Eman Ahmed: Anaesthetist's role will be the toughest, says Dr Sanjay Borude
Noted bariatric surgeon Dr Sanjay Borude says getting dosage of anaesthesia right will be difficult in a patient of Eman's size
The truck carrying Eman Ahmed on Western Express Highway on Friday morning. Pic/Satej Shinde
Getting an anesthetist fitness certificate will be the most challenging task for the team of doctors monitoring Eman's condition.
Speaking to mid-day noted bariatric surgeon Dr Sanjay Borude, attached to Breach Candy Hospital, said, "While the overall fitness of a patient is taken into consideration, the role of the anaesthetist team will be crucial and challenging. And, if the claim of the patient being 500 kg in weight is true, then it will be a very challenging task for the team."
"The primary task of the anesthetist will be to put the patient to sleep by providing higher doses of anaesthesia, maintaining all her parameters during the surgical procedure and getting her out of the anaesthesia effect. And the dosage of anaesthesia drugs in such cases will be five to six times than otherwise used for a regular patient," explained Dr Borude.
A senior anesthologist said on condition of anonymity, "I can sense the challenges for not only the anesthetist but also the risk that the patient is being put to. I have handled a case where the patient weighed almost 300 kg. Though the surgery was successful, it was the most challenging case I have ever dealt with."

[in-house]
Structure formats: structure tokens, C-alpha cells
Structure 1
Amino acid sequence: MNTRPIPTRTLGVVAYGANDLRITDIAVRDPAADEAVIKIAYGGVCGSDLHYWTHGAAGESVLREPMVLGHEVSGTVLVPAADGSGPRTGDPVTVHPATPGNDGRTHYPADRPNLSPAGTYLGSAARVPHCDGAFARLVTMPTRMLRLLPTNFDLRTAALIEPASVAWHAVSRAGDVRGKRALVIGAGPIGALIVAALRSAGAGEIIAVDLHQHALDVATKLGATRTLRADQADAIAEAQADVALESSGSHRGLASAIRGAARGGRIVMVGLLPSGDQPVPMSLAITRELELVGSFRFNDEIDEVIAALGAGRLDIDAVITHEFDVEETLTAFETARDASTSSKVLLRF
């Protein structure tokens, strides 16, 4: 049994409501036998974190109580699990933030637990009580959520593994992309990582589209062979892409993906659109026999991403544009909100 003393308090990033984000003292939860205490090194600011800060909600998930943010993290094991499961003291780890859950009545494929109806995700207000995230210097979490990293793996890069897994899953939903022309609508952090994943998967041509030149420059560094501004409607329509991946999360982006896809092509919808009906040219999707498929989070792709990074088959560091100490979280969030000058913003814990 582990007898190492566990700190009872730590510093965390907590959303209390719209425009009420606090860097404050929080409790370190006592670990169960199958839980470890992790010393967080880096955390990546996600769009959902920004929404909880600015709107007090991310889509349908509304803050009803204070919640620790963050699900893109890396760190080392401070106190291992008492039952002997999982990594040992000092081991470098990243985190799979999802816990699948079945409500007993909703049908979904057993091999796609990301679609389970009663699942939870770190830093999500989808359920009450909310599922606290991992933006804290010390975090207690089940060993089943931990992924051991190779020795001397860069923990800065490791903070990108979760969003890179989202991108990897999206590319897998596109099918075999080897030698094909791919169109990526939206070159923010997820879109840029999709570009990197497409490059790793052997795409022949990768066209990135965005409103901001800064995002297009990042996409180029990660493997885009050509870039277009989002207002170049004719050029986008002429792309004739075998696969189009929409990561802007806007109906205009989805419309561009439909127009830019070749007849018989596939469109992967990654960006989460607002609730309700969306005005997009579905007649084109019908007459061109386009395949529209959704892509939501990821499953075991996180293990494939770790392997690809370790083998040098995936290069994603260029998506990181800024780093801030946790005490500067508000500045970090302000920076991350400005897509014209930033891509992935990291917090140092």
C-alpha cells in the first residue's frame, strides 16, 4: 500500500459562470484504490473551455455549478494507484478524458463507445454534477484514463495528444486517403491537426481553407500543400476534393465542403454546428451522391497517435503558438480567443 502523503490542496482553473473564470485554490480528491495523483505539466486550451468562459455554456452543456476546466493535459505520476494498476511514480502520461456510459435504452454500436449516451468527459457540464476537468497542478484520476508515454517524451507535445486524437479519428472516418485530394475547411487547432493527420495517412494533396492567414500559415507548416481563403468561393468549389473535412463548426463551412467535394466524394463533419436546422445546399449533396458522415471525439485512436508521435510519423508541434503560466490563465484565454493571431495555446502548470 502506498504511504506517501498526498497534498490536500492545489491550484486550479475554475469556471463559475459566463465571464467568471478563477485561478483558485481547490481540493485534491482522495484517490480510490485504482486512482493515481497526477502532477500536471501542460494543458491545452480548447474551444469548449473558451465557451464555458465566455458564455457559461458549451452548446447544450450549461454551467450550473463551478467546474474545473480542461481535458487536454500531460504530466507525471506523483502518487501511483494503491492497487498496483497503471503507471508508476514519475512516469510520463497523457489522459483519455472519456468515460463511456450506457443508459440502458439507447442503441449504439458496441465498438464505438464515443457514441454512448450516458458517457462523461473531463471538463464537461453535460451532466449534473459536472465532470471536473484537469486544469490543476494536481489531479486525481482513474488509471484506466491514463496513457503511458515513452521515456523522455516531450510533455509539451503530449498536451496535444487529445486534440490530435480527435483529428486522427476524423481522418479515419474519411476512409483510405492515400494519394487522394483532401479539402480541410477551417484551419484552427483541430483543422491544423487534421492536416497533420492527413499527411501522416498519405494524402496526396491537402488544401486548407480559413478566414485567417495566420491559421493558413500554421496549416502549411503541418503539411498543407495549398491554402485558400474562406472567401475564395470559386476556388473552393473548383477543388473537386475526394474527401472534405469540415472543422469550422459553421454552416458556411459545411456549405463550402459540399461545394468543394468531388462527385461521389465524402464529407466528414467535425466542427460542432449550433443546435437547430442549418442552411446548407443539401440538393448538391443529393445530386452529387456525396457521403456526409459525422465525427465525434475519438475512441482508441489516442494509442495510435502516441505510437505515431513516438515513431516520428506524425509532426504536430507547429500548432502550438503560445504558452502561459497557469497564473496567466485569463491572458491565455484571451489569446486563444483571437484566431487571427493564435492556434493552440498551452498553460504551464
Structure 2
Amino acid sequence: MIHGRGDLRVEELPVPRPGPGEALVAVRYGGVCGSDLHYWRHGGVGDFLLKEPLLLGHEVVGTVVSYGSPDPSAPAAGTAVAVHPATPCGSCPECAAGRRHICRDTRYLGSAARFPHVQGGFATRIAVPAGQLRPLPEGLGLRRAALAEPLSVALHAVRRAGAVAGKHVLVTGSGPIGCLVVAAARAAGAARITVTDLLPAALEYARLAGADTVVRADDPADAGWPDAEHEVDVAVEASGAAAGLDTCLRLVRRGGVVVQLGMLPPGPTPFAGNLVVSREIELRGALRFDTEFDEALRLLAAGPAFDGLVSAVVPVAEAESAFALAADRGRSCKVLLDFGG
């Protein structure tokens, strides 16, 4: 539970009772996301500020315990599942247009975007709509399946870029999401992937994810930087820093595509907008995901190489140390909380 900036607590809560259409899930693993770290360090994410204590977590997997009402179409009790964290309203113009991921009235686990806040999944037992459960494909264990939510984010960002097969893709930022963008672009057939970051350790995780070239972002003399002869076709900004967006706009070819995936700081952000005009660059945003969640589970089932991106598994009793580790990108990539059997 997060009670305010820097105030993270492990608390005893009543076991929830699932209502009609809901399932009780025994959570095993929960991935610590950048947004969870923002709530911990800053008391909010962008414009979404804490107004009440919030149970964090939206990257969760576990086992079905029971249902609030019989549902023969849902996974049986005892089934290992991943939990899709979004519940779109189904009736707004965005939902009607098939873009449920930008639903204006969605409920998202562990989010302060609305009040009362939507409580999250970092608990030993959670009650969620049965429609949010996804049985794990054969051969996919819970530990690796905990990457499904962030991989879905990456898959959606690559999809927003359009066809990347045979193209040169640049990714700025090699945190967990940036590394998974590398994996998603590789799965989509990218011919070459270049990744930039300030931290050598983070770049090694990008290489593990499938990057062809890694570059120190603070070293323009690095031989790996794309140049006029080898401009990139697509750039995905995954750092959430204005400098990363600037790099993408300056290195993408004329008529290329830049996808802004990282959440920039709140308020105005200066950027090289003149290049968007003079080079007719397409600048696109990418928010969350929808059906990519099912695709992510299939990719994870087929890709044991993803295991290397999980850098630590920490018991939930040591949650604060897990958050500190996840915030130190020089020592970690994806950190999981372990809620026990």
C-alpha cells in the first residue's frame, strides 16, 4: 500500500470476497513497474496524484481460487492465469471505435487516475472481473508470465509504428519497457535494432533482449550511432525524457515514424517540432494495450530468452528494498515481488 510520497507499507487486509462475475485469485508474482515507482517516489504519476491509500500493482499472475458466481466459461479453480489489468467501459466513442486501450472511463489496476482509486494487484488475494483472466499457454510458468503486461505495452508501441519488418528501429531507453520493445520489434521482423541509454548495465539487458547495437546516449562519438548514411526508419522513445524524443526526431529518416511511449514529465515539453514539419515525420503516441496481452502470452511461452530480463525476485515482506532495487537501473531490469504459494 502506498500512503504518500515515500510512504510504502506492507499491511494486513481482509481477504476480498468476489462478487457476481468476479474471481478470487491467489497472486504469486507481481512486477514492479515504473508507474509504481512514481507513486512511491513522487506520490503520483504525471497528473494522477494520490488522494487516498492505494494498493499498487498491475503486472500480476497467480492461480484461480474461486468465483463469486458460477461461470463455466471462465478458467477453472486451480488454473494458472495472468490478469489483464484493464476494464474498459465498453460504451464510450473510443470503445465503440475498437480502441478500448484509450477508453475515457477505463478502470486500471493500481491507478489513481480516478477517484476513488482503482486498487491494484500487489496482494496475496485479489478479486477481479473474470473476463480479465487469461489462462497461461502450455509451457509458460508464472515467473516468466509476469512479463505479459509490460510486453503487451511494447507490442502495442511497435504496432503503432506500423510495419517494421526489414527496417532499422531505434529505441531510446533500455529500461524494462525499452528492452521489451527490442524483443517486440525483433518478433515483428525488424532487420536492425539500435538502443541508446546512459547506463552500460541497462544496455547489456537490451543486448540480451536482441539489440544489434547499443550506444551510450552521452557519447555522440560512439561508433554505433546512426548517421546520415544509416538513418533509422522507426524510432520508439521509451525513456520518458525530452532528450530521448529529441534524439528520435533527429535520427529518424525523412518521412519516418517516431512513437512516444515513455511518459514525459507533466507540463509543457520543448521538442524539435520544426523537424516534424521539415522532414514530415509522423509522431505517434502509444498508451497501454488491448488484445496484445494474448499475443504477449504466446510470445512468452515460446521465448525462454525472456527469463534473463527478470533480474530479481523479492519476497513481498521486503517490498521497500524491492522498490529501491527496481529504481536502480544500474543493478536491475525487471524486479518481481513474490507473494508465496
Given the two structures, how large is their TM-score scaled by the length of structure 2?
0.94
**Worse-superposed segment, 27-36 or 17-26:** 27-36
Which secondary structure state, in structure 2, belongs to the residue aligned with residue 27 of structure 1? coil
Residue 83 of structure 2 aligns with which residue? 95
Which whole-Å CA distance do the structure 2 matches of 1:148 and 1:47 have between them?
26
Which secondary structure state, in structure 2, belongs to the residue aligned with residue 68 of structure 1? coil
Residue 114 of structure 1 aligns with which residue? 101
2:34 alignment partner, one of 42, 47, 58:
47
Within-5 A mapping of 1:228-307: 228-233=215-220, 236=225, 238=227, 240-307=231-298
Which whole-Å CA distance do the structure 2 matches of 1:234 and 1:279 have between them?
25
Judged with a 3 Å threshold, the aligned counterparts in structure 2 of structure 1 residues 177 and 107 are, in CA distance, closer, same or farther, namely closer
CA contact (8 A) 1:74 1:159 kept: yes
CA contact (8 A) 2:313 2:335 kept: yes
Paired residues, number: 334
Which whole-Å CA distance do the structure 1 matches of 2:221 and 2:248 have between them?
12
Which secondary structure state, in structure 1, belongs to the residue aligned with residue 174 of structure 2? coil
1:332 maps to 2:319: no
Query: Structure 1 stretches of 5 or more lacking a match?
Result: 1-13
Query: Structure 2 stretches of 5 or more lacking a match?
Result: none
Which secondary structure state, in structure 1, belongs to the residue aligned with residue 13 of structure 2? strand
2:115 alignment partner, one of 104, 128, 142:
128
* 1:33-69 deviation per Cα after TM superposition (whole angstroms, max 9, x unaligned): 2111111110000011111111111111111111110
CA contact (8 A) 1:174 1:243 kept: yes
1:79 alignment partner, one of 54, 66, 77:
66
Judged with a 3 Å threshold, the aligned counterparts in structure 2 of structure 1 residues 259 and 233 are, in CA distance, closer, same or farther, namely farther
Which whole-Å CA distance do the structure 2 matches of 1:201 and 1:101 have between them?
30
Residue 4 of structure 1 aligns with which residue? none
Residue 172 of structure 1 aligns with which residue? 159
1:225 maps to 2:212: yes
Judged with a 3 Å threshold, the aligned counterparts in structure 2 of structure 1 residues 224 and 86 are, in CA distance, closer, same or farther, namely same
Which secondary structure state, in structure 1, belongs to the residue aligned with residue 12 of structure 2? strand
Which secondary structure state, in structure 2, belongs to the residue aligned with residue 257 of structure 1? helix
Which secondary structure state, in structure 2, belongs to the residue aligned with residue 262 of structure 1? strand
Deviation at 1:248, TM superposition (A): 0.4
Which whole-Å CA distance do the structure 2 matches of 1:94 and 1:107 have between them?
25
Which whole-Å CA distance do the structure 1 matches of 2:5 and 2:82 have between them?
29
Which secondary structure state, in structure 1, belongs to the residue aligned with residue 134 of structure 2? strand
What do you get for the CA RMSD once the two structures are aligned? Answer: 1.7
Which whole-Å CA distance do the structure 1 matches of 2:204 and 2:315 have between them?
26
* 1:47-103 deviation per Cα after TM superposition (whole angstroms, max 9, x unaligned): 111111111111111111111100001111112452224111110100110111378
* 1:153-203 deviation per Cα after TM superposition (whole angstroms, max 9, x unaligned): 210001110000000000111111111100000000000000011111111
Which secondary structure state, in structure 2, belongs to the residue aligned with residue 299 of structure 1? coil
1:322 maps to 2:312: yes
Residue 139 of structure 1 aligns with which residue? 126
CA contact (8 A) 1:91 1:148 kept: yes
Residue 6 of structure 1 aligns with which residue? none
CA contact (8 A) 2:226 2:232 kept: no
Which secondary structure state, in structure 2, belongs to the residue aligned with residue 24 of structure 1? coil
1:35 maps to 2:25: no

The anaesthetist added, "Usually the dosage of the anaesthesia is calculated at 5 ml per kg of body weight and in this case, the level of dosage has to be increased heavily. This also means that the risk involved in giving higher dosage of anaesthesia is increased multi-fold, as the medicine can get accumulated in the fatty tissue and can get circulated in the blood."
As in this case the patient's body mass index (BMI) is very high, it means that the risk of anesthesia during the surgery and getting the patient out of anaesthesia will be a challenge.
Weeks for prep
"People often ask me how I have managed to operate on patients weighting above 300 kg, but the trick lies on the preparation before the surgery. Preparing a patient before the surgery is the challenge. It takes around 3-4 weeks to prepare the patient," said Dr Shashank Shah, head of the department of metabolic and bariatric and diabetic surgery at S L Raheja Hospital Mahim Mumbai and president of the Obesity Surgery Society of India.
Explaining further, Dr Shah said, "With proper preparation, the patient can lose around 5-10 per cent of the weight. But this process is about making the patient fit for surgery. Patients also need physiotherapy for the movement in their joints and limbs for better blood circulation."